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^ Death Labors Joanne Trautmann Banks We shall not cease from exploration And the end of all our exploring Will be to arrive where we started And know the place for the first time. -T. S. EÜot, "Little Gidding"* They look so different on the page, these two seemingly similar stories.1 Tolstoy's paragraphs are long, his sentences complete and declarative , his words richly abundant. His page is filled in. In contrast, Olsen works with empty space as if it were as important an element as language. Many of her sentences are fragments, italicized, parenthetical. These are not only styles of writing for Tolstoy and Olsen; they are also, as I hope to show, styles of living for their main characters. It is the deepest irony that in order to die well, the characters must reconstitute— even repudiate—the very styles that the authors have used so brilliantly. It is all, finally, a matter of identity. Can these two people, Olsen's old woman2 and Tolstoy's Ivan üych (or can any of us, for that matter), die as they (or we) have lived? Can they carry into the last scene of their lives' dramas the same roles, the same selves, that they have built with such energy in the preceding acts? Tolstoy and Olsen say "no." The people who go to meet death in these stories are not the people who existed before their illnesses intervened. Cancer has challenged every dimension of their lives. Before her cancer, the old woman in "Riddle" had largely based her identity on her service to others, rather than on her own primary needs. The field theory psychologists, who believe that one's personhood can be explained as the focus of one's relationships, would probably find her a clear instance of their concepts.3 As Olsen develops her, however, the elements of her identity are loosely connected. There are significant spaces * Excerpt from "Little Gidding" in Four Quartets, copyright © 1943 by T. S. Eliot and renewed 1971 by Esme Valerie Eliot, reprinted by permission of Harcourt Brace Jovanovich, Inc. Literature and Medicine 9 (1990) 162-71 © 1990 by The Johns Hopkins University Press Joanne Trautmann Banks 163 between them. There is a literal one, for instance, in her geographical identity. The early part of her life was spent in revolutionary Russia; all the rest, in America. Metaphorically, the experience in America is separated by a vast space from her intellectual, political life in Russia. Even apparently intimate spaces are wide. To her daughter's statement that the mother lived all her life for people, she replies, " 'Not with' " (p. 76, italics mine). The spaces are not precisely voids, any more than the spaces between Olsen's paragraphs mark major hiatuses. Some sort of meaning inheres in them. But, like Rosencrantz and Guildenstern in Tom Stoppard 's play of that name about Hamlet, the old woman has perhaps not been the main character in her own drama. She has had to work out her identity in the parentheses, as it were, between other people's utterances. She has found her self in life's interstices. The same phenomenon can be described in terms of space's correlative , time. There was never time in the old woman's life to finish a project in the way she would have preferred, seldom time even to finish reading a story by her favorite, Chekhov, let alone live a life of the mind. She believes that all her life she has been "forced to move to the rhythms of others" (p. 68),4 and thus there are major discontinuities in her experience of her self. "Discontinuity"—thaf s Olsen's term. In her study of the barriers to creativity, she suggests that discontinuity is a pattern imposed on women's lives.5 In context, it's clear that she means women whose lives are defined for many of their adult years by maternal exigencies and the Sisyphean tasks of daily housekeeping. She cites the old woman in "Riddle " as an instance. In her case, the discontinuities and spaces are the inevitable consequences of having so many children to raise in a condition of constant poverty, and with...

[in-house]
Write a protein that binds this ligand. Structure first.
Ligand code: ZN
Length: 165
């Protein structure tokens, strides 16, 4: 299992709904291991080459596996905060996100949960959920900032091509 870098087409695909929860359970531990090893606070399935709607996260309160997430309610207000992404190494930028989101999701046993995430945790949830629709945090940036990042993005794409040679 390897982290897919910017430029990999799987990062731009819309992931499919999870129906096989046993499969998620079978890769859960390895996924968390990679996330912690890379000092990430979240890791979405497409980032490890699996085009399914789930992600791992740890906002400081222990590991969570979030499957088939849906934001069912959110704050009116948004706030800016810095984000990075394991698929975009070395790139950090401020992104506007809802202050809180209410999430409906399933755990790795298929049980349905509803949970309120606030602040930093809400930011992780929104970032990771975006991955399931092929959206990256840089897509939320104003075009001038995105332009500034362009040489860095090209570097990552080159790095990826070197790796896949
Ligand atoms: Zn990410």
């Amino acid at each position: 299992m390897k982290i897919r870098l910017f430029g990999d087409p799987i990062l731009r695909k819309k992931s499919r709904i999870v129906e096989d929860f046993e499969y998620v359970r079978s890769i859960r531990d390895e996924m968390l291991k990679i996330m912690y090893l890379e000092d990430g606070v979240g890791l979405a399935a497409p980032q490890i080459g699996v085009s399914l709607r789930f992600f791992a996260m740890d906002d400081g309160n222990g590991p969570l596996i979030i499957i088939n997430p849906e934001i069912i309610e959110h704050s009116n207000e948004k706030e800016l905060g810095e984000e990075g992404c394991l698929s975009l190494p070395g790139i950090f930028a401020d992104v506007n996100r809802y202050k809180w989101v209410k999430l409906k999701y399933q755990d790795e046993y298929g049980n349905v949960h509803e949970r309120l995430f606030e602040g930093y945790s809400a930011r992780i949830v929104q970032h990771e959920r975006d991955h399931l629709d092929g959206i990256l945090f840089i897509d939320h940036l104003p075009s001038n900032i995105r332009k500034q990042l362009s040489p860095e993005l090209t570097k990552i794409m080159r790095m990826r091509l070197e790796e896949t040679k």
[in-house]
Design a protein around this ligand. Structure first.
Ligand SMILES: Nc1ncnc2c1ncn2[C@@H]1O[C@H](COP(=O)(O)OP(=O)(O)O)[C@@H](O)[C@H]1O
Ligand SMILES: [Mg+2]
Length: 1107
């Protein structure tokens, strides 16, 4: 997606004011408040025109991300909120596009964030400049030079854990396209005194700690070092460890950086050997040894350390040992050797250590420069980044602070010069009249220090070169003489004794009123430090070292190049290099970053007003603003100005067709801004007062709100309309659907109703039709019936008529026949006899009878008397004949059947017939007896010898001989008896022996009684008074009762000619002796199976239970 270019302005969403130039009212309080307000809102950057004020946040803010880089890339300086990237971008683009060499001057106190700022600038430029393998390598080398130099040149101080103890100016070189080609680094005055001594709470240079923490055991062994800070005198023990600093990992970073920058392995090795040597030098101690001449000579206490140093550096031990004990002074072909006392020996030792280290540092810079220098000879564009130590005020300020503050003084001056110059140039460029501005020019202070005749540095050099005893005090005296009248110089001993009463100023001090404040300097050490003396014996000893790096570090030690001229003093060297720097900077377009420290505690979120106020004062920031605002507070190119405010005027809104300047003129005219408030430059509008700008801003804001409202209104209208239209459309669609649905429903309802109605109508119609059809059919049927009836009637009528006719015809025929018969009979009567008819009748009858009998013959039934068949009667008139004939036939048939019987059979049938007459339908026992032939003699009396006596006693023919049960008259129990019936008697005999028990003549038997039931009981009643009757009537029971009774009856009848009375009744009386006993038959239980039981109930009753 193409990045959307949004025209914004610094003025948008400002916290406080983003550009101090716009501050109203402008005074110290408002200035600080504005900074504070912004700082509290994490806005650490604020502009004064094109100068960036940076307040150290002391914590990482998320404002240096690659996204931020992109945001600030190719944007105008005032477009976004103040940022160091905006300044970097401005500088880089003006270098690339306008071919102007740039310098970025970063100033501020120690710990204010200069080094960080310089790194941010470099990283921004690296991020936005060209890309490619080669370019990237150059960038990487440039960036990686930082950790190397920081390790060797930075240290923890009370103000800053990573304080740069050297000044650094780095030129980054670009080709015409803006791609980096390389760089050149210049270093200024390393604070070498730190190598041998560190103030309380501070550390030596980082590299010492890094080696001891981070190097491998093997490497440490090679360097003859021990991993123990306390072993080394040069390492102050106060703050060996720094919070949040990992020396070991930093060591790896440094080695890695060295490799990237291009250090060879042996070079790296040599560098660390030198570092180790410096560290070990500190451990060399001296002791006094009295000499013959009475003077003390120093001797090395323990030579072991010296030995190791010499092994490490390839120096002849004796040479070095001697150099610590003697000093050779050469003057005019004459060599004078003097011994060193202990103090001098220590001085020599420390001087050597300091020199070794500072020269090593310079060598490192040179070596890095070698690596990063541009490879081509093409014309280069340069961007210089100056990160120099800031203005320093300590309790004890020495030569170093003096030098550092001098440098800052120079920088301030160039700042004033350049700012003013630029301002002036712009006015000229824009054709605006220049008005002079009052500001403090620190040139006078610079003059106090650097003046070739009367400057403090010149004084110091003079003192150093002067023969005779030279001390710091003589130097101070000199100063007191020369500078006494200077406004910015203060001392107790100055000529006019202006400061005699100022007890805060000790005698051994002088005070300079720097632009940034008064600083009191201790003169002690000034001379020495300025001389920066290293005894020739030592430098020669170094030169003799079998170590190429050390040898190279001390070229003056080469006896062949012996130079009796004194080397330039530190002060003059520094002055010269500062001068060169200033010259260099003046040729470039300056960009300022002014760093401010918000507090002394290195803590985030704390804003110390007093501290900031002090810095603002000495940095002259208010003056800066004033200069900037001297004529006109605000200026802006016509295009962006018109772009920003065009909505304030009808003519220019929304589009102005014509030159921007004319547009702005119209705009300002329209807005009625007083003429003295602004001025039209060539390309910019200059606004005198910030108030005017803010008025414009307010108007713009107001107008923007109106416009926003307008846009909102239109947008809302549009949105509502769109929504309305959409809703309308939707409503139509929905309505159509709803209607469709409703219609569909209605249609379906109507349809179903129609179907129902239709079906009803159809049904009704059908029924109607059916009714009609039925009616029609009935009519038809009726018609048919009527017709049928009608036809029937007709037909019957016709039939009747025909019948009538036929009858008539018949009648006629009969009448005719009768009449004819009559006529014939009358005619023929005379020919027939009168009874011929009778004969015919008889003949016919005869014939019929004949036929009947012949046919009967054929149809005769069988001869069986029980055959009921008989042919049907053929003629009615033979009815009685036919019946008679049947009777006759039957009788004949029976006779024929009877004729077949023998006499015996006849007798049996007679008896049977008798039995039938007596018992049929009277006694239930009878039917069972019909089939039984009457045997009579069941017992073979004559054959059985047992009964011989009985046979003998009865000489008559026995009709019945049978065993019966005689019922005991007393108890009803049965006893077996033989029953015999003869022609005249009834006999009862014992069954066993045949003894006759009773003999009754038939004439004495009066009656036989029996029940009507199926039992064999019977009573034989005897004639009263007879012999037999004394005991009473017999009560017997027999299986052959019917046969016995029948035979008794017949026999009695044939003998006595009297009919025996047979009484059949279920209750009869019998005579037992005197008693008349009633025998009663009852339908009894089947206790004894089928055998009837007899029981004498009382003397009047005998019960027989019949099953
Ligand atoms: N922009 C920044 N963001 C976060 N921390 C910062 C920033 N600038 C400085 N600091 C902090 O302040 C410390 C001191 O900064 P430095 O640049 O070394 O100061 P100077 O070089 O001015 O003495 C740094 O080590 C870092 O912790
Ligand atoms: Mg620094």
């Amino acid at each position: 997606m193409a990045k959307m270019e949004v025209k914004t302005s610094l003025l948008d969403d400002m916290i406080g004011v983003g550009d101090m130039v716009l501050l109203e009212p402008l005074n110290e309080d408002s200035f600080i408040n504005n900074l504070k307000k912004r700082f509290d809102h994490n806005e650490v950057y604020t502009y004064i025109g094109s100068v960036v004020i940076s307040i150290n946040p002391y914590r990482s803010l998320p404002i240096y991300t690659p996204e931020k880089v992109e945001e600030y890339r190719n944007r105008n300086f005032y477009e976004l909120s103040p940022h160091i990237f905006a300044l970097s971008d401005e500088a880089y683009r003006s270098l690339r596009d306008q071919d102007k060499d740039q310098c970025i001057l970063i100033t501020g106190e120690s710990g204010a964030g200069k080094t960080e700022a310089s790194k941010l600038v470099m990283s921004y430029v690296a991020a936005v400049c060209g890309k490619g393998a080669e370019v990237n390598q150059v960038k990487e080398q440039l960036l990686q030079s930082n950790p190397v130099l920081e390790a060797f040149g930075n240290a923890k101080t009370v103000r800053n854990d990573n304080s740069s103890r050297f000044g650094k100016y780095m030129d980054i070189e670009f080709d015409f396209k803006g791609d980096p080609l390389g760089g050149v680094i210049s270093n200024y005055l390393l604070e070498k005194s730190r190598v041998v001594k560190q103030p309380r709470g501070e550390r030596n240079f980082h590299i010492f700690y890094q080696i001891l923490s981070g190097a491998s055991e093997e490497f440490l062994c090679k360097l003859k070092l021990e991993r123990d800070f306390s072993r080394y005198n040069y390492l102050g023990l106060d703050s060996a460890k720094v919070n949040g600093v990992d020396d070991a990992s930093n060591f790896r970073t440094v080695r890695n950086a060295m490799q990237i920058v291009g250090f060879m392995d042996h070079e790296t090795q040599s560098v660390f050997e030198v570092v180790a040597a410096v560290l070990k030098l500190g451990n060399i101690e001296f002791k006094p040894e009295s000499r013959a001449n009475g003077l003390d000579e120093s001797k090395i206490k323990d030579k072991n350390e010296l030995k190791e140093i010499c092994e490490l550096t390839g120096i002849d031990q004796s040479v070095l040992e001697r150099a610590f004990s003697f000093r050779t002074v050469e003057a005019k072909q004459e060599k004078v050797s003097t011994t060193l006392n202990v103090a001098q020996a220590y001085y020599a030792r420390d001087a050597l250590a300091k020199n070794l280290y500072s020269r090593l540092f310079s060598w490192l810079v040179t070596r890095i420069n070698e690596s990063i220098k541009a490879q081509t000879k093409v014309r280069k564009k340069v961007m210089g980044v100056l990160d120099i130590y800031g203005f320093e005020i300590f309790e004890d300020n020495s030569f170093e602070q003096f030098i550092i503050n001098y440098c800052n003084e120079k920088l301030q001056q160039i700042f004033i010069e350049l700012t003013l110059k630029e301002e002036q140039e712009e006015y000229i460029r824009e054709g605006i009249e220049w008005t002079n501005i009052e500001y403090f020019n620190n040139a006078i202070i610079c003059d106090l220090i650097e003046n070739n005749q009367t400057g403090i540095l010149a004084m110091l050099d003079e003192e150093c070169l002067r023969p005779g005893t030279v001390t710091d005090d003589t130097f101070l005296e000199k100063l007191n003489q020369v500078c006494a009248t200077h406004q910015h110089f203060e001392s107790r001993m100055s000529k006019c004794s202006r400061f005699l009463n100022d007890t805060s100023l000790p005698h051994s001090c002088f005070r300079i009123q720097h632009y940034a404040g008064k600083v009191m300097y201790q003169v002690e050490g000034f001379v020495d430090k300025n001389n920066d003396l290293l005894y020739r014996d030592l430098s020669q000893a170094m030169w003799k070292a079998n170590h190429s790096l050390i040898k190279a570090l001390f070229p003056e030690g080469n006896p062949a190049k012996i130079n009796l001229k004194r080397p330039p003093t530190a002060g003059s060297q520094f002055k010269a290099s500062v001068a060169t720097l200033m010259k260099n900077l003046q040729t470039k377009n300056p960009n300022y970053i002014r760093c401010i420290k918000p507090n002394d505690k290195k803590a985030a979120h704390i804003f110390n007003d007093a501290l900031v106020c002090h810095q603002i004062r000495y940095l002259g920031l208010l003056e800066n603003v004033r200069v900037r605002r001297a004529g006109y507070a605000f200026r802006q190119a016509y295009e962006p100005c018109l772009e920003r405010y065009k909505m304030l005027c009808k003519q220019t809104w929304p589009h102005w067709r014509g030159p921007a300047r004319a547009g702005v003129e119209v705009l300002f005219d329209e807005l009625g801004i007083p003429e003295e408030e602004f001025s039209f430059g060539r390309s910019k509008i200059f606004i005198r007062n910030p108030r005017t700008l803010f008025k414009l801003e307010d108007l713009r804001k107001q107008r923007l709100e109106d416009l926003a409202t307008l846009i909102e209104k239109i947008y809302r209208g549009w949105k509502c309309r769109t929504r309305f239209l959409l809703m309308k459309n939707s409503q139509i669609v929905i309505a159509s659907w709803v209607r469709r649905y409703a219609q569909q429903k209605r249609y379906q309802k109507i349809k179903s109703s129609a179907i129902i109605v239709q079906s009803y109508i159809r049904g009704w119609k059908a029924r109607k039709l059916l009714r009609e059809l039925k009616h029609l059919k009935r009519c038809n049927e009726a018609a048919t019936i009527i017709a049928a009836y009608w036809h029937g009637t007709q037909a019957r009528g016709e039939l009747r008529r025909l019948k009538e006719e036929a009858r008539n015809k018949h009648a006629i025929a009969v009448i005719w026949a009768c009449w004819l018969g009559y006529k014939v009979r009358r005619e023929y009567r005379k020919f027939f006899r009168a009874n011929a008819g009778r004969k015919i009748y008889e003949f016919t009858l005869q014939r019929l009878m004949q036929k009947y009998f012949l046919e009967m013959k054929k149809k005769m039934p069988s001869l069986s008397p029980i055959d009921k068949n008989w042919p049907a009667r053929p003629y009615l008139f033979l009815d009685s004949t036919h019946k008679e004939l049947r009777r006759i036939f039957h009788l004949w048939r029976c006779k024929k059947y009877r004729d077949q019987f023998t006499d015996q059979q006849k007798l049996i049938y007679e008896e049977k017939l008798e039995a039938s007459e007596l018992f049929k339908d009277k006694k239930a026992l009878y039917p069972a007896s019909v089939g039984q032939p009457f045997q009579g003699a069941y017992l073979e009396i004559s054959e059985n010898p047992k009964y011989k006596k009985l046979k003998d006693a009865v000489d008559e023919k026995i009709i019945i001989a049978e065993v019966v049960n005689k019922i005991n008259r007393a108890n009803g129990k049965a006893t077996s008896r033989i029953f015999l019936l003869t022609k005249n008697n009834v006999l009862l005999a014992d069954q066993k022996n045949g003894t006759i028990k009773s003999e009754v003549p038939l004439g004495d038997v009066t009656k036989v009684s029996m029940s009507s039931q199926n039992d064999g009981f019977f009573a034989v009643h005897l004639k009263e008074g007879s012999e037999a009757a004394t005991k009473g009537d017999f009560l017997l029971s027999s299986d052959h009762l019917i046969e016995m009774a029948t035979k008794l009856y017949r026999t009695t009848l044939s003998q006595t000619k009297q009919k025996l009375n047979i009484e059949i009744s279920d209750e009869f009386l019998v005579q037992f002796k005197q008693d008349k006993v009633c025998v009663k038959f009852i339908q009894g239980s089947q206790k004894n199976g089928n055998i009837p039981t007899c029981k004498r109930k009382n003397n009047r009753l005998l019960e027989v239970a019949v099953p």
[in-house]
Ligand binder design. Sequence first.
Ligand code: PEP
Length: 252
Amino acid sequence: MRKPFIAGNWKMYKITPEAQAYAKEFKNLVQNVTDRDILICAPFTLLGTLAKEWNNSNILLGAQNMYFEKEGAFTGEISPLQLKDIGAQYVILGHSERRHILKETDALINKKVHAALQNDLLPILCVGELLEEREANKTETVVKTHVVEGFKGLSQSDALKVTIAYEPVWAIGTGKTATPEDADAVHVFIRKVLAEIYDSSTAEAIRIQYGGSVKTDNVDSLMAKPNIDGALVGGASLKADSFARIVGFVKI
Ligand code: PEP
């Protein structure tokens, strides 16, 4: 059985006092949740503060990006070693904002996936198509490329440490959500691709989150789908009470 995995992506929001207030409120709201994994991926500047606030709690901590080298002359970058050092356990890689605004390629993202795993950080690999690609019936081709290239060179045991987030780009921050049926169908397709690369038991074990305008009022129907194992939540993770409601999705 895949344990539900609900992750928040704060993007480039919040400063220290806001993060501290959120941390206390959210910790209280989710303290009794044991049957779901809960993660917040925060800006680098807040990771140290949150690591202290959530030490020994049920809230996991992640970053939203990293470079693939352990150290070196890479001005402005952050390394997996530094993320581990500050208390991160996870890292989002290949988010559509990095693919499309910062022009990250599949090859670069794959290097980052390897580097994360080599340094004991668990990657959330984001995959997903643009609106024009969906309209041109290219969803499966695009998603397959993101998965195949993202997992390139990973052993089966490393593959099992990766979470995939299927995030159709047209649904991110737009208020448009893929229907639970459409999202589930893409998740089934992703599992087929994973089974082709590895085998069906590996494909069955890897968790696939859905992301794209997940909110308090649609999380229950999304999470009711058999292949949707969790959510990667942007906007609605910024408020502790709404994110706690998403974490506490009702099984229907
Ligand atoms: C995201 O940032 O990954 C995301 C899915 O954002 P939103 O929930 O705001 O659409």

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pp. 162-171
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